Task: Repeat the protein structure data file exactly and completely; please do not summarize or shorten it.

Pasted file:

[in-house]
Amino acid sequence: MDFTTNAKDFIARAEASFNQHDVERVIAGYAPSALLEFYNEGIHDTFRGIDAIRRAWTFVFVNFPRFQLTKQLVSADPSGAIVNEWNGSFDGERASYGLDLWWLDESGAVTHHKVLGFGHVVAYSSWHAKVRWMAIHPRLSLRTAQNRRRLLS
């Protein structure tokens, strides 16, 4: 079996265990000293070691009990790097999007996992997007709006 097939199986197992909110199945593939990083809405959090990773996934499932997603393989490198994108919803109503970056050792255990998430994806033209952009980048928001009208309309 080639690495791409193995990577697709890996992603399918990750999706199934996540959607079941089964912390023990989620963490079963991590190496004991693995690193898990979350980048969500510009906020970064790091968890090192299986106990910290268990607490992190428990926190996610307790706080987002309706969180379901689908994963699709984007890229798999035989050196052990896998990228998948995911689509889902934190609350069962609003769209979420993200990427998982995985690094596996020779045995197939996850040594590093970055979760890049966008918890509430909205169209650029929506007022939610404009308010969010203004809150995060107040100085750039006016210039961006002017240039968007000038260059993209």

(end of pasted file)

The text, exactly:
[in-house]
Amino acid sequence: MDFTTNAKDFIARAEASFNQHDVERVIAGYAPSALLEFYNEGIHDTFRGIDAIRRAWTFVFVNFPRFQLTKQLVSADPSGAIVNEWNGSFDGERASYGLDLWWLDESGAVTHHKVLGFGHVVAYSSWHAKVRWMAIHPRLSLRTAQNRRRLLS
């Protein structure tokens, strides 16, 4: 079996265990000293070691009990790097999007996992997007709006 097939199986197992909110199945593939990083809405959090990773996934499932997603393989490198994108919803109503970056050792255990998430994806033209952009980048928001009208309309 080639690495791409193995990577697709890996992603399918990750999706199934996540959607079941089964912390023990989620963490079963991590190496004991693995690193898990979350980048969500510009906020970064790091968890090192299986106990910290268990607490992190428990926190996610307790706080987002309706969180379901689908994963699709984007890229798999035989050196052990896998990228998948995911689509889902934190609350069962609003769209979420993200990427998982995985690094596996020779045995197939996850040594590093970055979760890049966008918890509430909205169209650029929506007022939610404009308010969010203004809150995060107040100085750039006016210039961006002017240039968007000038260059993209």